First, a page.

The analysis from the CSIRO Healthy Diet Score survey, Australia’s largest nutrition study of almost 200,000 adults, showed people with low-quality diets obtained eight times more of their protein from junk foods than people with high-quality diets — and were more than three times as likely to be obese.
“Everyone’s protein needs are different, and not all foods that contain protein are good for you,” said Professor Manny Noakes, Principal Research Scientist at CSIRO.
She said that the current recommendations for protein intake underestimate protein requirements during weight loss. The latest science suggests eating 1.2 to 1.6g per kilogram of bodyweight for optimal weight loss.
“Often, a relatively low figure of suggested protein intake is quoted for an average-weight man or woman. However, most Australians are far from average with more than 60% of us being overweight or obese,” said Professor Noakes.
“Our research also shows that many people are not getting their protein from healthy foods.”
The new findings
The new analysis showed that junk foods, such as pies, burgers, pizza with processed meats, chicken nuggets, sausages, cakes, ice cream and biscuits, were the second-highest contributor to protein intake for people with low diet scores.
In contrast, according to CSIRO, leaner people who tended to have higher-quality diets ate protein sourced from healthier whole foods, including chicken, red meat, fish, eggs, milk, cereals, nuts and yoghurt. Junk food only accounted for approximately 3% of their total protein intake.
“Higher protein healthy meals help to control appetite and can help to reduce the urge to indulge in junk food,” said Professor Noakes.
Previously, Professor Noakes had also said that eating more protein at breakfast and at each meal could help to achieve healthy weight loss.
A CSIRO review of the latest scientific evidence had further found support for the recommendation to eat at least 25g of protein at each main meal in order to help to control hunger and to enhance muscle metabolism, diminishing cravings for unhealthy snacks.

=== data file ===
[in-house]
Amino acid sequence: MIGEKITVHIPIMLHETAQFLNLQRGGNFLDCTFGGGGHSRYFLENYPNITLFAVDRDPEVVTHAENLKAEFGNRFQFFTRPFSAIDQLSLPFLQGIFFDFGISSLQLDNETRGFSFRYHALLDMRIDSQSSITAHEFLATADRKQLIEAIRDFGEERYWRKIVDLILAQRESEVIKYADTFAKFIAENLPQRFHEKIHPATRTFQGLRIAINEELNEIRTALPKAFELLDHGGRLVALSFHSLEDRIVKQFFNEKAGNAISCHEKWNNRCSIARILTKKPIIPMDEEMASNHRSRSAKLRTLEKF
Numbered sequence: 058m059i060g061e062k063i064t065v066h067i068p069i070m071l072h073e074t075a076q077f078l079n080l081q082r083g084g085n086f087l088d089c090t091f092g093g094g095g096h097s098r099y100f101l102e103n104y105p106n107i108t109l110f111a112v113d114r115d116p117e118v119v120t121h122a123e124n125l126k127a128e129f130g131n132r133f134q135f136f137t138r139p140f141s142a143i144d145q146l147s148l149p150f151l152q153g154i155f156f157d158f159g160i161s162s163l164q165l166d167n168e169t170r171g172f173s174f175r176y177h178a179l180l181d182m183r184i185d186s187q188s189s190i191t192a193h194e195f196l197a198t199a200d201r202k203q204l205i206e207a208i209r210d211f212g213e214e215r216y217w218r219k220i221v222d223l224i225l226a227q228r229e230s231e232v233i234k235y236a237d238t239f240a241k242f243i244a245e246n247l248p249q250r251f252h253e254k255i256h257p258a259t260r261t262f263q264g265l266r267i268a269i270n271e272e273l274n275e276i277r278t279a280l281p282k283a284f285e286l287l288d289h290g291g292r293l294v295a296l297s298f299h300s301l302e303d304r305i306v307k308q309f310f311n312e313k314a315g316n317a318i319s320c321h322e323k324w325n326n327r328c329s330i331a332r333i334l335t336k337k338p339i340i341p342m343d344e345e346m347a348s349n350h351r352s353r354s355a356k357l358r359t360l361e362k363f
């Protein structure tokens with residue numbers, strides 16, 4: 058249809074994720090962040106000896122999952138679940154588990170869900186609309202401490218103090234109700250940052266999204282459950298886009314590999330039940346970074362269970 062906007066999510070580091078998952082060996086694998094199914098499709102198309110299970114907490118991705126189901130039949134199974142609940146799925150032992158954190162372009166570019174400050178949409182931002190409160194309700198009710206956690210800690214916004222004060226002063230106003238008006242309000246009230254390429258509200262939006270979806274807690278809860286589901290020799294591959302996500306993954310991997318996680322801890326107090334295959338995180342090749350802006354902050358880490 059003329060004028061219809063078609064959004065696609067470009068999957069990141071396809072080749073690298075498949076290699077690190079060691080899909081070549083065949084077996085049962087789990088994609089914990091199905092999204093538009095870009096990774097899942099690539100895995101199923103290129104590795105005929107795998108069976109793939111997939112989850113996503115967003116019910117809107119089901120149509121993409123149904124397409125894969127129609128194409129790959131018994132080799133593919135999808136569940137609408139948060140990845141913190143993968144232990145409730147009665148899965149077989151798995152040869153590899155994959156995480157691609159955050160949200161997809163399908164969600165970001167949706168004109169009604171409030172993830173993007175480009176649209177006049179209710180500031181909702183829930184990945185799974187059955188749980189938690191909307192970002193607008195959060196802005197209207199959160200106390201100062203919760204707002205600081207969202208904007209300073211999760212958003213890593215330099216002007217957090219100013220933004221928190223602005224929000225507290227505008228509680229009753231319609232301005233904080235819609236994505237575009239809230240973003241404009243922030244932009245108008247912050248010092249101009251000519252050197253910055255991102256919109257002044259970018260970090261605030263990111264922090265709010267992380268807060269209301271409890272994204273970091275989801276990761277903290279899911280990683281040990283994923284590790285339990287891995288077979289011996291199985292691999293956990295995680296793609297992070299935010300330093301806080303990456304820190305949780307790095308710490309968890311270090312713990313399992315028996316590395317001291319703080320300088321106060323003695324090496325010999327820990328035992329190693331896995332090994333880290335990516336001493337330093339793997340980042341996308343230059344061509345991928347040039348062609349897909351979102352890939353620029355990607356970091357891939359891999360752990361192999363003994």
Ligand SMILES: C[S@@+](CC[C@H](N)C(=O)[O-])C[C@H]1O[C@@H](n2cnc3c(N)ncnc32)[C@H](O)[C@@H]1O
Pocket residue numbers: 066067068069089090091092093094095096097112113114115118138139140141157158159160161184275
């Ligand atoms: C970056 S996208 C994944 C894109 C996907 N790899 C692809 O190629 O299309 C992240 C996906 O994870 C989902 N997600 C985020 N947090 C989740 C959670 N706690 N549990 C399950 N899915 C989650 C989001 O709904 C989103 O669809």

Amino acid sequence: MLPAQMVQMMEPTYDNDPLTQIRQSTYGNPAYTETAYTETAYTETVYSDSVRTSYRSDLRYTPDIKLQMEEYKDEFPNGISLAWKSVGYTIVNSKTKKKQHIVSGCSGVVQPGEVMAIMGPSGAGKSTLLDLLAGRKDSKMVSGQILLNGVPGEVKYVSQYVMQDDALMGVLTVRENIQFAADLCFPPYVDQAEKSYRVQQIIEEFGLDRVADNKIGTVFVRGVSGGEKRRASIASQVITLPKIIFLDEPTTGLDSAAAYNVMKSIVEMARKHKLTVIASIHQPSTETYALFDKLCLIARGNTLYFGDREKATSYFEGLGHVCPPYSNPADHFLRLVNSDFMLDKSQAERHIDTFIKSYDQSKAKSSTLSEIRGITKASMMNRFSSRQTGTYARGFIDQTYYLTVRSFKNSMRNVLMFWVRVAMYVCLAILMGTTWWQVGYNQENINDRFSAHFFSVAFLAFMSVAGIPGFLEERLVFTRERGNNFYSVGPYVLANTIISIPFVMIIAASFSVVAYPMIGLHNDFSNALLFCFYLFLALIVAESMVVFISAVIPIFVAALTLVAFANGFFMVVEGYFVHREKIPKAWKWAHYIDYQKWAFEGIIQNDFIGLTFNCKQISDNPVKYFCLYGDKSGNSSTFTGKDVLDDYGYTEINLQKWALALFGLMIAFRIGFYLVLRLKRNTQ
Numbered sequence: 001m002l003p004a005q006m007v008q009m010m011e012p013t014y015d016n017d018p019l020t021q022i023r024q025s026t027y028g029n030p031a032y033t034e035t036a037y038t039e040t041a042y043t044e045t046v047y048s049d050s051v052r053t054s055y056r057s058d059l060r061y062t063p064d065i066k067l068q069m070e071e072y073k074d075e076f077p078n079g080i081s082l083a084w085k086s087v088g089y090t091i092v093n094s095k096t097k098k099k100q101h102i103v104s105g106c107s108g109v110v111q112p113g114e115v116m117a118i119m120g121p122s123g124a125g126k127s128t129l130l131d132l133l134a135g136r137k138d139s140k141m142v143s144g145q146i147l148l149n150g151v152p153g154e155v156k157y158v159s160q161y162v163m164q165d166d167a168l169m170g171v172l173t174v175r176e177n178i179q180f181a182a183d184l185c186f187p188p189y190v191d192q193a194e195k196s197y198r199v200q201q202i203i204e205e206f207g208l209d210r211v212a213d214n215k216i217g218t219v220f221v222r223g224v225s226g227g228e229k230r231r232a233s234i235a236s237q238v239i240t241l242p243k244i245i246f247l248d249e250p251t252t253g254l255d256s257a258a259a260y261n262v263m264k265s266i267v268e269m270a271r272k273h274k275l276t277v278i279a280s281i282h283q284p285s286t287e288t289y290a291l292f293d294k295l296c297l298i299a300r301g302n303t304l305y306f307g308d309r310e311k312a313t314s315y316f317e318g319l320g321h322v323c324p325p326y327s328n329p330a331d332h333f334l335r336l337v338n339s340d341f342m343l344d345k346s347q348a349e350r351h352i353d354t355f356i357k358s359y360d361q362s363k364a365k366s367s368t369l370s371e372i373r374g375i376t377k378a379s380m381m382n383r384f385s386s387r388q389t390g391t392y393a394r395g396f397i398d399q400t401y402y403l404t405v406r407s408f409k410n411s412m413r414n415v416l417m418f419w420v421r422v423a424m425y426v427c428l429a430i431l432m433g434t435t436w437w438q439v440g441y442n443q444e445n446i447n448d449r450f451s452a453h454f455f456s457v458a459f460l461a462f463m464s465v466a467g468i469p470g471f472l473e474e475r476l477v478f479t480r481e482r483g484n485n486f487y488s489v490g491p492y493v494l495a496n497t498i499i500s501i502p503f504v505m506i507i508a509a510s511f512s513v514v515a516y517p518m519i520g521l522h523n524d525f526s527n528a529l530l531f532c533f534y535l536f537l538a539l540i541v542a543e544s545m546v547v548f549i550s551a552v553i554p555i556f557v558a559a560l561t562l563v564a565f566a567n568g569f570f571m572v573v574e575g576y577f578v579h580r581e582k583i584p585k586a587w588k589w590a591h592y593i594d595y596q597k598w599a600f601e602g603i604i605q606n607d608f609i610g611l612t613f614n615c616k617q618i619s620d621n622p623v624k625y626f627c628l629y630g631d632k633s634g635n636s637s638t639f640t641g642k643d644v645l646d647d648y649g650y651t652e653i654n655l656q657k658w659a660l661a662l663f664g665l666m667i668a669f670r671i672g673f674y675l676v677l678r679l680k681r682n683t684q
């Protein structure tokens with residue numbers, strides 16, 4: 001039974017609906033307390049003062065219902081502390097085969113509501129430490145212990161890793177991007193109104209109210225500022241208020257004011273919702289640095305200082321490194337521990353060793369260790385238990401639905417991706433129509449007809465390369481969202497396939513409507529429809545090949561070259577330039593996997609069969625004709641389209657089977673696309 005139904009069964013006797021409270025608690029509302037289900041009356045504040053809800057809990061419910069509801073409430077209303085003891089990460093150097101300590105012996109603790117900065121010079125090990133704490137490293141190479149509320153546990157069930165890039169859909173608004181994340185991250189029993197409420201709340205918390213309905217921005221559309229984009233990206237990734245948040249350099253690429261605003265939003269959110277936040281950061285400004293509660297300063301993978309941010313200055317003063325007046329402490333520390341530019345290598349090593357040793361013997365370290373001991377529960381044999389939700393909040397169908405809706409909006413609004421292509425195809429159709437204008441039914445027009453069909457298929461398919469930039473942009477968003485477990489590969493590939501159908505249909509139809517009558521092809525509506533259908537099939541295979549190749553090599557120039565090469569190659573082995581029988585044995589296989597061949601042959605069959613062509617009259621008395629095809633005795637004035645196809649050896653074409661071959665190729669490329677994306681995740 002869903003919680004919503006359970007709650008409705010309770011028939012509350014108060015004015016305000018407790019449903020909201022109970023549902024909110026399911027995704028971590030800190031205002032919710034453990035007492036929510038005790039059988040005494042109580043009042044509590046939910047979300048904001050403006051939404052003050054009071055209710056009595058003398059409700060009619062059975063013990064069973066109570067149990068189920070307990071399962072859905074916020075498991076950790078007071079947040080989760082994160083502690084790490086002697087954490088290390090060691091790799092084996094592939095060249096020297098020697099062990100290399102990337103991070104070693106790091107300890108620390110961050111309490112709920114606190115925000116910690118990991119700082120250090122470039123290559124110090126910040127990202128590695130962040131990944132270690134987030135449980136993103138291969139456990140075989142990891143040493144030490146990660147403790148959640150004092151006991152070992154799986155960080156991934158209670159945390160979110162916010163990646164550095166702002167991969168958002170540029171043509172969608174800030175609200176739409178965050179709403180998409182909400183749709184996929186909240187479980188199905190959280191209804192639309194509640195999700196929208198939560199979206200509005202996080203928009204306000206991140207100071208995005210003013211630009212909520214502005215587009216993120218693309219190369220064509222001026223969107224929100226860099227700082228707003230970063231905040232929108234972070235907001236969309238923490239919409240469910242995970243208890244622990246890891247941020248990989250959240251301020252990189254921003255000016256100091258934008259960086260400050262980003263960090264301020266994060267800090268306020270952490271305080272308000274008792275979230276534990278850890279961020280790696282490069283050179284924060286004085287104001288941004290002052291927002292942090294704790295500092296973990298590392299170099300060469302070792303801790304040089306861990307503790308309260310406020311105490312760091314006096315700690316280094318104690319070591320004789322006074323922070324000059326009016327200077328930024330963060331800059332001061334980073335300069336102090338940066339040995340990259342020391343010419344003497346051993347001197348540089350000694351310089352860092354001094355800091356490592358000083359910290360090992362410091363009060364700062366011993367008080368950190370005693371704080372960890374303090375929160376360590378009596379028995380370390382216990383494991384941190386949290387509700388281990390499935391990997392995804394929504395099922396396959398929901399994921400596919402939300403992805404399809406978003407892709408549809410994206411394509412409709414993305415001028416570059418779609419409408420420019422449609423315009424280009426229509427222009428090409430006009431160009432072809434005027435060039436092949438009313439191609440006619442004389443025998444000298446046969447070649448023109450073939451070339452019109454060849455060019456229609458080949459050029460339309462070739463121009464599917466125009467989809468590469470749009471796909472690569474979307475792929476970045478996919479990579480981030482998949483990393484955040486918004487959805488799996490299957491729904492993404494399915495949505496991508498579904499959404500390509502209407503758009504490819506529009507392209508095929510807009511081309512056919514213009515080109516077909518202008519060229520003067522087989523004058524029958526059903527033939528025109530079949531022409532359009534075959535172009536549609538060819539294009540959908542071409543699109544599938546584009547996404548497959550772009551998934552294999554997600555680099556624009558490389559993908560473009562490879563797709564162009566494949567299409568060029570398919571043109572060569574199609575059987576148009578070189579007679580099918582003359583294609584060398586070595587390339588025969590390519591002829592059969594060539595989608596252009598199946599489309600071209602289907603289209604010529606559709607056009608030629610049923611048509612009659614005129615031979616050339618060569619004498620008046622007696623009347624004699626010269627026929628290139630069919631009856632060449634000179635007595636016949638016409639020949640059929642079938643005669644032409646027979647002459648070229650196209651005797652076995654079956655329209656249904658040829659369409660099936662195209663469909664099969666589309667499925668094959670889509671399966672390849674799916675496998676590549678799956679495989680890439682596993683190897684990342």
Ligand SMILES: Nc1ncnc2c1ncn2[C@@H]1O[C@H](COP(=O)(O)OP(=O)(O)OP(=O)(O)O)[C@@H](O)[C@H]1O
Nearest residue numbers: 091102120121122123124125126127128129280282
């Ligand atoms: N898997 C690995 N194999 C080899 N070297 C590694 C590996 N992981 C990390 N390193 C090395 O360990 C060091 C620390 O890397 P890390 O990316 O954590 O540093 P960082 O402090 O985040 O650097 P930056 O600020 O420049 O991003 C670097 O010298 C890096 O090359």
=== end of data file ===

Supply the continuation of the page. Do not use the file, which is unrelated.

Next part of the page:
Personalised nutrition important
Nonetheless, Professor Noakes said a personalised approach to health and nutrition is of utmost importance.
“As science advances, we are seeing the benefits of taking a more personalised approach to health and nutrition. By calculating your personal protein needs for healthy weight loss, you may be able to more successfully achieve your weight loss goals,” she said.
To help those dealing with overweightness and obesity trying to achieve healthy weight loss, CSIRO has developed a free personalised protein calculator to provide a tailored estimate of how much protein and the types of protein are needed to support healthy weight loss for the individual.
It recommends the amount and types of protein one should be eating in a day to support healthy weight loss, as well as provides recommendations for how the daily amount should be divided across each meal.
A burgeoning bother
Separately, researchers at Australia’s Monash and Deakin universities had found that in developed countries, children of a lower socio-economic status are more likely to be overweight or obese, due to the tendency to consume discretionary food and drink such as sugar-sweetened beverages, snacks and fast food.
About 40% of Australian children’s total daily energy intake had been found to come from discretionary food and drink.
Meanwhile, a traffic light labelling scheme implemented in Western Australian schools is evidencing positive impact, according to a report by Curtin University and the Western Australia Health Authority.
No red or unhealthy foods are permitted to be sold or provided in schools, under the scheme.
Data released last November by the Australian Institute of Health revealed that two-thirds of the Australian population are now overweight or obese.